In the world of fashion, no red carpet is too small to go unnoticed. But when an event like the Cannes Film Festival returns to the shores of the French Riviera, steps up their game. This year, the website created the Cannes Report, their complete coverage of the 65th annual film festival. generally uses a slightly chatty voice in their reports. The Cannes Report pushes this tone to the next level. The chatty voice is especially adept at drawing fashion followers and readers into the excitement of the festival and gives them the feeling of sharing in the industry gossip.

Though the report falls under the People + Parties category, the coverage is much more extensive than the usual article and accompanying photo slideshow.

Candid Cannes

This is a table of photos that can be seen as a collage of thumbnails, or clicked on to expand into a slideshow. The photos are lower quality, most likely taken on a personal camera or cell phone. The pictures are taken in the random assortment that would be found on Instragram: celebrities on the red carpet, shoes, buildings, artwork, scenic nature shots of Cannes or anything else the photographers were drawn to. This section adds a dimension for the viewers, because it offers snapshots of details that would otherwise be overlooked by major media outlets and other sites.

The Cannes Catwalk

This segment offers what calls “The best of the red carpet.” Similar to their other party and event coverage, the Cannes Catwalk is a slideshow of people walking the red carpet for premieres and awards during the film festival.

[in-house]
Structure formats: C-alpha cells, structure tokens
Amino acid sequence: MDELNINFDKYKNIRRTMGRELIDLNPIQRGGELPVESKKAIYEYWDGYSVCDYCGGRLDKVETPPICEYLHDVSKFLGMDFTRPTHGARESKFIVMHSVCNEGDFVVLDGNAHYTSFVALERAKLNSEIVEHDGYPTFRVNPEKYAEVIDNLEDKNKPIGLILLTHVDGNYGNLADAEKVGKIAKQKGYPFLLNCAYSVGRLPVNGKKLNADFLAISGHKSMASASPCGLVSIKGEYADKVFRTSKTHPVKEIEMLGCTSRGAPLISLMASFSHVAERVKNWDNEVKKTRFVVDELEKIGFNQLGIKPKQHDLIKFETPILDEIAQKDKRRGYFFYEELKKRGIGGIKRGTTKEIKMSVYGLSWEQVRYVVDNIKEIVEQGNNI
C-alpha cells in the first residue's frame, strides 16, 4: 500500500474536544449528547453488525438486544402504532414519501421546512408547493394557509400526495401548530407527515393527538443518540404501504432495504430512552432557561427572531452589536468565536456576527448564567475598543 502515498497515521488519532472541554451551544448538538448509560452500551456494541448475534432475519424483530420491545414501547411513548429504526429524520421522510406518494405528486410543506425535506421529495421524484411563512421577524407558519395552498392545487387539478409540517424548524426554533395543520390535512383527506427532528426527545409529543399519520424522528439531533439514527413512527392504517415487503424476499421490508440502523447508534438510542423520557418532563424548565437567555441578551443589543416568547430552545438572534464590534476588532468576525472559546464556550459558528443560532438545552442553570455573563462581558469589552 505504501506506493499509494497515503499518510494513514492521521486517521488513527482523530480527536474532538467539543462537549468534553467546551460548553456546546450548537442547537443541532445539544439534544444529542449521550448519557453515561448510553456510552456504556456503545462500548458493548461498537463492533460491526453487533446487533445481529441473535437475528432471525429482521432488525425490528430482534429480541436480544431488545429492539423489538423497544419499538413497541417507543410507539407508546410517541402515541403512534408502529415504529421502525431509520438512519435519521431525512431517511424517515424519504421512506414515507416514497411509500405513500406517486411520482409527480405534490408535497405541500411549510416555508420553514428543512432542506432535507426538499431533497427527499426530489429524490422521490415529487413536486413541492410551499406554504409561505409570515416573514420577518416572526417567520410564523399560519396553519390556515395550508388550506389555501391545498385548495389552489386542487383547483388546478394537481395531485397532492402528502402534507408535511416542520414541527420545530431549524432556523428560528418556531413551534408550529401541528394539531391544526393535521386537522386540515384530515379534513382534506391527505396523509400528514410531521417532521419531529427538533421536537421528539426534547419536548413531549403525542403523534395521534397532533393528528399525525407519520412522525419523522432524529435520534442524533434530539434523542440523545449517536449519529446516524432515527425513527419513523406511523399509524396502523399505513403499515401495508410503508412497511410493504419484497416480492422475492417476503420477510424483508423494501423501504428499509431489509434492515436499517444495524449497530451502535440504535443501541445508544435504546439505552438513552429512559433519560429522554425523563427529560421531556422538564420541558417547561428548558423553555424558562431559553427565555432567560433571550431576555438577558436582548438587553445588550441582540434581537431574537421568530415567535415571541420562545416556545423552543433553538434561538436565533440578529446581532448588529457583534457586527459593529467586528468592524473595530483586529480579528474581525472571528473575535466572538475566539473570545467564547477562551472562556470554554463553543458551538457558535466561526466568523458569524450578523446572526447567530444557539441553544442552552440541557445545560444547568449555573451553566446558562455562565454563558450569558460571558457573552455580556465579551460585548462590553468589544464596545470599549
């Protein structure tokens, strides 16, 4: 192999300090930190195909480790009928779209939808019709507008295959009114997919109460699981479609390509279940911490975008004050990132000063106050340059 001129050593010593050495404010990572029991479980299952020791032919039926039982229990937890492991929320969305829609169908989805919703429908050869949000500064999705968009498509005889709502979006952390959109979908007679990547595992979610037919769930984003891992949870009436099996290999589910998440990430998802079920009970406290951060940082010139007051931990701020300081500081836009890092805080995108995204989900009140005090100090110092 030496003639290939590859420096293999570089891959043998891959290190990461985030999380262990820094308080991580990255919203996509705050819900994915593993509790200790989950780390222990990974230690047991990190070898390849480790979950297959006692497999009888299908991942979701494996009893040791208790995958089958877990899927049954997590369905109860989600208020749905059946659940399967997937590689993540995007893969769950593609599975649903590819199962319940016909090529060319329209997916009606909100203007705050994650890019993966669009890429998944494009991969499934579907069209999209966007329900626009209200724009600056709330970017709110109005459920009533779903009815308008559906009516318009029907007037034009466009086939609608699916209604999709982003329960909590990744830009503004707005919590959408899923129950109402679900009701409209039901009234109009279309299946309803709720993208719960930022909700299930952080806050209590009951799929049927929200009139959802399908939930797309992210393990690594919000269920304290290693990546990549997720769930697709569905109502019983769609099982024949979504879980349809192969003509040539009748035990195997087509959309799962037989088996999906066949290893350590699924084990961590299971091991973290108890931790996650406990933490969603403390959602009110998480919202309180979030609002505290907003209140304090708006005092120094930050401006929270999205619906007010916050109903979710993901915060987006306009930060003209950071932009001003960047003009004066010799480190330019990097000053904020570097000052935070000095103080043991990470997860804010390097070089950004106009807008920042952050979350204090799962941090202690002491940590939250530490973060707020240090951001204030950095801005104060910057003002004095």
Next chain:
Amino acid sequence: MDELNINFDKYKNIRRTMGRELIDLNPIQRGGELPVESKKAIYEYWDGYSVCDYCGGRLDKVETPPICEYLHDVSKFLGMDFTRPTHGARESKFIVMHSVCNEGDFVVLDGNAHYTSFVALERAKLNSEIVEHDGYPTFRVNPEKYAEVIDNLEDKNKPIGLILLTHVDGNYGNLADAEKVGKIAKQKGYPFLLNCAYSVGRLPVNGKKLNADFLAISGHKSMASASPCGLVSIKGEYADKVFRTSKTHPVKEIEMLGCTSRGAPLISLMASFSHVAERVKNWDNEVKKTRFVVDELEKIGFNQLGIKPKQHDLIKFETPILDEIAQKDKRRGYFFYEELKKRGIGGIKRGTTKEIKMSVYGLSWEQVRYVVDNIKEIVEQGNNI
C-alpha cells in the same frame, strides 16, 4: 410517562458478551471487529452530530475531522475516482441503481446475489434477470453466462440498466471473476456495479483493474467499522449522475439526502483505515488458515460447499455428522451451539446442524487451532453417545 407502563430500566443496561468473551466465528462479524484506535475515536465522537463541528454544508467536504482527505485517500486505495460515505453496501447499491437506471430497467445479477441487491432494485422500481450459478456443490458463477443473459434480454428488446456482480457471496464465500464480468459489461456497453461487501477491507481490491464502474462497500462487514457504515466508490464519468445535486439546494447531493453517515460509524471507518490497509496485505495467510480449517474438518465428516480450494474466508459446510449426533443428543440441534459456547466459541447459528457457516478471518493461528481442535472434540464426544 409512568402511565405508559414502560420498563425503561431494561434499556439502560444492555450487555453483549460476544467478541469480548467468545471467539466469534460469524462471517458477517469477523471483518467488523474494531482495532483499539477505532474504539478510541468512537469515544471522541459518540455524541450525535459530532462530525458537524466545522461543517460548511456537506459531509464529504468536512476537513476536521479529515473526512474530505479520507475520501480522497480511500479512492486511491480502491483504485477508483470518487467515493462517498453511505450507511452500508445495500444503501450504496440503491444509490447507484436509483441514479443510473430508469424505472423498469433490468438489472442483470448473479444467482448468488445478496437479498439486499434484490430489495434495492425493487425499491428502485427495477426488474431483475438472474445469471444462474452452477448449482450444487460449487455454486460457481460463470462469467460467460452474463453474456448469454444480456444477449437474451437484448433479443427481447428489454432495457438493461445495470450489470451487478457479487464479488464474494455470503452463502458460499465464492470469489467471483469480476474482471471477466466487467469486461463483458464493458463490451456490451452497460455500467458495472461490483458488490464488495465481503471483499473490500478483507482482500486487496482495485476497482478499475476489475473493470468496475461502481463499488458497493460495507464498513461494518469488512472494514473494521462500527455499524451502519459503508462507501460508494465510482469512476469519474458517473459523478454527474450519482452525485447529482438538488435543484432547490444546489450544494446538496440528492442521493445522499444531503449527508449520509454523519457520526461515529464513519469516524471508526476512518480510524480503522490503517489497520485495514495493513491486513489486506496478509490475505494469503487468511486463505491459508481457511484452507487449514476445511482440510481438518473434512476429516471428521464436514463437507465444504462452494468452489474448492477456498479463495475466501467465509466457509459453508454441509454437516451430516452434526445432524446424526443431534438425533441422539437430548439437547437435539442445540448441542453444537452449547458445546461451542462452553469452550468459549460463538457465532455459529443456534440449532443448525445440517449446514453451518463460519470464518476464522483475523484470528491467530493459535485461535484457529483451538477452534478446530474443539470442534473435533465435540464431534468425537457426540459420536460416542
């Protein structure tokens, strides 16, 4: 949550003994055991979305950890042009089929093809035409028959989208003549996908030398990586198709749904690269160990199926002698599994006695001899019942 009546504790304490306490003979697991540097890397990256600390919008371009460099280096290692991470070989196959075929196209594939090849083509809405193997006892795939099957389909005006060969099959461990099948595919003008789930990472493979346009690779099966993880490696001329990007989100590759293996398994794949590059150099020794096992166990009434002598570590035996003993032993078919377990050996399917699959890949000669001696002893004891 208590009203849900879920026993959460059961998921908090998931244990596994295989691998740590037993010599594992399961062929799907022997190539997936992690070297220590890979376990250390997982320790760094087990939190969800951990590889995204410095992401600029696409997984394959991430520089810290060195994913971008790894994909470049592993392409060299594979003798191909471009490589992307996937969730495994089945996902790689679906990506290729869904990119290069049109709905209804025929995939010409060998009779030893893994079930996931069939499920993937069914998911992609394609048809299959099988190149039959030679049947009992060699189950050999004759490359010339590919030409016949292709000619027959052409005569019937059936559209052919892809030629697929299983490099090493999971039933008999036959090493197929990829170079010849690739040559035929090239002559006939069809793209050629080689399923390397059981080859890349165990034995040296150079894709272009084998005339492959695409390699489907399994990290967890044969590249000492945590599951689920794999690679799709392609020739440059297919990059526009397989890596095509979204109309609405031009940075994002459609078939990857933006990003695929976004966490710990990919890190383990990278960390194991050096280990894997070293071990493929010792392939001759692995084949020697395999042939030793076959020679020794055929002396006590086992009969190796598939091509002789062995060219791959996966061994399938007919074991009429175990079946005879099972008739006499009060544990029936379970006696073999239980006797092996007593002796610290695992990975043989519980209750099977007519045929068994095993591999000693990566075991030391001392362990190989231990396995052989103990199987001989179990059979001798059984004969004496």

The Highlights Reel

In their own words, “Here’s our guide to the must-sees, must-eats, and must-wears, along with insider tips from the likes of Riviera regular Georgina Chapman, designer Peter Dundas, and this year’s Trophée Chopard recipient, the lovely Shailene Woodley.” The Highlights Reel slideshow is more text-heavy than is typical for, providing highlights of the activities that take place in Cannes.

What to improve

In both the Highlights Reel and the Cannes Catwalk, the link “back to intro” is always available at the top of the slideshow. This returns viewers to the Cannes Catwalk or Highlights Reel intro pages, but when they reenter the story, they are taken back to where they left off. This could be a positive, but perhaps the only reason viewers would want to return to the intro would be to start the slideshow from the beginning. In that case, this capability would be serving no purpose.

In the Highlights Reel, a reader can click the link for the “full report” to begin the slideshow, or they can simply click anywhere on the opening page. However, a second link says, “plus: see live photos from the red carpet and beyond.” This link is misleading—it takes the viewer back to the homepage of the Cannes Report. Perhaps this was done on purpose to loop viewers back to the beginning, but some might still be disappointed that it does not lead to another dimension that was not already apparent.